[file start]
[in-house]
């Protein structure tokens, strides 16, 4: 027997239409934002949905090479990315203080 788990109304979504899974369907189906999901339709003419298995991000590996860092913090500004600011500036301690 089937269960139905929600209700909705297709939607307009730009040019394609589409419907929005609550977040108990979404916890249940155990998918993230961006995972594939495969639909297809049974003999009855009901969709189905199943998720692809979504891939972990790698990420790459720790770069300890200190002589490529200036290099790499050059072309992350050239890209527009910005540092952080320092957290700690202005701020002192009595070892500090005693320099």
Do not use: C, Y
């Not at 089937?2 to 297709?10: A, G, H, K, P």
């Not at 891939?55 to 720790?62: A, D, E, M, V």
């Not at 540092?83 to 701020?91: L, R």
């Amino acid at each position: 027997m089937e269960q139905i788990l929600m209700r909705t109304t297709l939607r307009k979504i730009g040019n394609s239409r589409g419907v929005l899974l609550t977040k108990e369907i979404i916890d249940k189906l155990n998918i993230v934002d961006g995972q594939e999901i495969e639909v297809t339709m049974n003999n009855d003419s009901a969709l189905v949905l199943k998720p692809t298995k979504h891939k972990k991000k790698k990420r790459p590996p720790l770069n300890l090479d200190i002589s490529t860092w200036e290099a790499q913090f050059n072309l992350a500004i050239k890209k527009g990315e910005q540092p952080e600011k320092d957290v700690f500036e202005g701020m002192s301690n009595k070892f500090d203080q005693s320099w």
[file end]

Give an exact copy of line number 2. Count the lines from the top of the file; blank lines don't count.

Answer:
């Protein structure tokens, strides 16, 4: 027997239409934002949905090479990315203080 788990109304979504899974369907189906999901339709003419298995991000590996860092913090500004600011500036301690 089937269960139905929600209700909705297709939607307009730009040019394609589409419907929005609550977040108990979404916890249940155990998918993230961006995972594939495969639909297809049974003999009855009901969709189905199943998720692809979504891939972990790698990420790459720790770069300890200190002589490529200036290099790499050059072309992350050239890209527009910005540092952080320092957290700690202005701020002192009595070892500090005693320099």